Slave trade records now searchable online

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This 1662 map of the Caribbean Islands and the continental coast of the Americas, stretching from northern South America to Virginia, provides the names of the main ports situated on both the islands and the continental coasts. (Credit: John Carter Brown Library at Brown University).

EMORY (US)—The hidden history of 12.5 million slaves and their transatlantic journeys is being opened to the world. A free online database documents more than 80 percent of the slave trade activity—almost 35,000 voyages—between the 16th and 19th centuries.

Voyages: The Trans-Atlantic Slave Trade Database is the result of a two-year undertaking at Emory University. David Eltis, Robert W. Woodruff Professor of History, is one of the scholars who originally published The Trans-Atlantic Slave Trade as a CD-ROM in 1999. He and Martin Halbert, director of digital innovations for Emory Libraries, led the work that made the online project expandable, interactive, and publicly accessible.

“Voyages provides searchable information on almost 35,000 trans-Atlantic voyages hauling human cargo, as well as maps, images, and data on some individual Africans transported,” says Eltis.

Links between America, Africa
“Everyone wants to know where their ancestors came from,” Eltis says. “There are more data on the slave trade than on the free migrant movement simply because the slave trade was a business and people were property, so records were likely to be better. What the database makes possible is the establishment of links between America and Africa in a way that already has been done by historians for Europeans.”

Halbert says online effort is intentionally collaborative and can grow and change over time. “Scholars who discover new information can add it to the database, and thus share it with their colleagues. In addition, researchers can download the database in a format compatible with the SPSS statistical package,” he explains.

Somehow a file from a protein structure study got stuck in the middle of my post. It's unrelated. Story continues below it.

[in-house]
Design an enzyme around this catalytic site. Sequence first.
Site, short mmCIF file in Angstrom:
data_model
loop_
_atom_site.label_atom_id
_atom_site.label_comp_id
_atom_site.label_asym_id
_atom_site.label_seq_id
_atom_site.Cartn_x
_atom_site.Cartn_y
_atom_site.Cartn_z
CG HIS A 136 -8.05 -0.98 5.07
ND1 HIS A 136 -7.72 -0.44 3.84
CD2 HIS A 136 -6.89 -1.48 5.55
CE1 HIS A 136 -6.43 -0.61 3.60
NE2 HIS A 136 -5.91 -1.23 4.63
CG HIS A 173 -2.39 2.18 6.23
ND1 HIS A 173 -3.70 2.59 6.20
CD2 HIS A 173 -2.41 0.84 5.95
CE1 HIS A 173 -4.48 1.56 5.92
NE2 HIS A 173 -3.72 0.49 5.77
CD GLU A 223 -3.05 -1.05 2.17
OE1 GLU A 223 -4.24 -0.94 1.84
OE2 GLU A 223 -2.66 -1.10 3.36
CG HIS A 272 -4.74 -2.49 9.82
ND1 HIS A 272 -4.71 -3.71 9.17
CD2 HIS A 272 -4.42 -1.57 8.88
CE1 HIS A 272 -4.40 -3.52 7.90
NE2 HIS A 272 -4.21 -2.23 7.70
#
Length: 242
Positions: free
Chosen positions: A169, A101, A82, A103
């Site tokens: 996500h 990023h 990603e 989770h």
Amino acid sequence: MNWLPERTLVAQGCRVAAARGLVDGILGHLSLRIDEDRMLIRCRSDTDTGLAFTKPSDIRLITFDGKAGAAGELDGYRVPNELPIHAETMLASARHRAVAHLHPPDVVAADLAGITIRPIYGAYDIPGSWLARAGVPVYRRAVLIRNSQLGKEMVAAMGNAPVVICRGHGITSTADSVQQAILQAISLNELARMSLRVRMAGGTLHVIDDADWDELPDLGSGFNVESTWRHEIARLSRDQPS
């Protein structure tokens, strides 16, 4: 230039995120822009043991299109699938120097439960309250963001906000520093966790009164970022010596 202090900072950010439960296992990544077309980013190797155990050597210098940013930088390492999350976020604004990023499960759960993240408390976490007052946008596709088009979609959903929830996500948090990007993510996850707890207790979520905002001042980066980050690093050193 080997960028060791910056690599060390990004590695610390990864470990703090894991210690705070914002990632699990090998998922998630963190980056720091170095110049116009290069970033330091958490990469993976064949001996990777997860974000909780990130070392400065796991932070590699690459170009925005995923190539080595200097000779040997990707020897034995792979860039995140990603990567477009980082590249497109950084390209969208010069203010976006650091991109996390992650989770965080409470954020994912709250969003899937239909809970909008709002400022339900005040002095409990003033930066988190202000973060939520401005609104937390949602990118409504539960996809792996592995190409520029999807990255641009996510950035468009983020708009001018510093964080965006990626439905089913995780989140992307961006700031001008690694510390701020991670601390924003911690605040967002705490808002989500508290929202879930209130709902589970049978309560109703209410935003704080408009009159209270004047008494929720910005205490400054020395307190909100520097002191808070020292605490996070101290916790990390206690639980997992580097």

In the classroom
Halbert, Eltis, and their team also collaborated with educators from public and private middle and high schools to create lessons plans and other materials, so that K-12 teachers can take Voyages into their classrooms. These and other resources on the site, such as images, introductory maps, and essays, are designed to help visitors experience the reality of the slave trade, says project manager Liz Milewicz.

Henry Louis Gates, the Alphonse Fletcher University Professor at Harvard University and writer/producer of the PBS documentary African American Lives, credits Voyages with shedding an important light on the hidden history of 12.5 million slaves.

“The greatest mystery in the history of the West, I believe, has always been the Africans who were enslaved and shipped to the New World,” he says. “Their ancestries, their identities, their stories were lost in the ships that carried them across the Atlantic. The multidecade and collaborative project that brought us [the Voyages] site has done more to reverse the Middle Passage than any other single act of scholarship possibly could.”

The online project was funded by grants from the National Endowment for the Humanities and Harvard University’s W.E.B. Du Bois Institute for African and African American Research.

Emory University news: www.emory.edu/home/news

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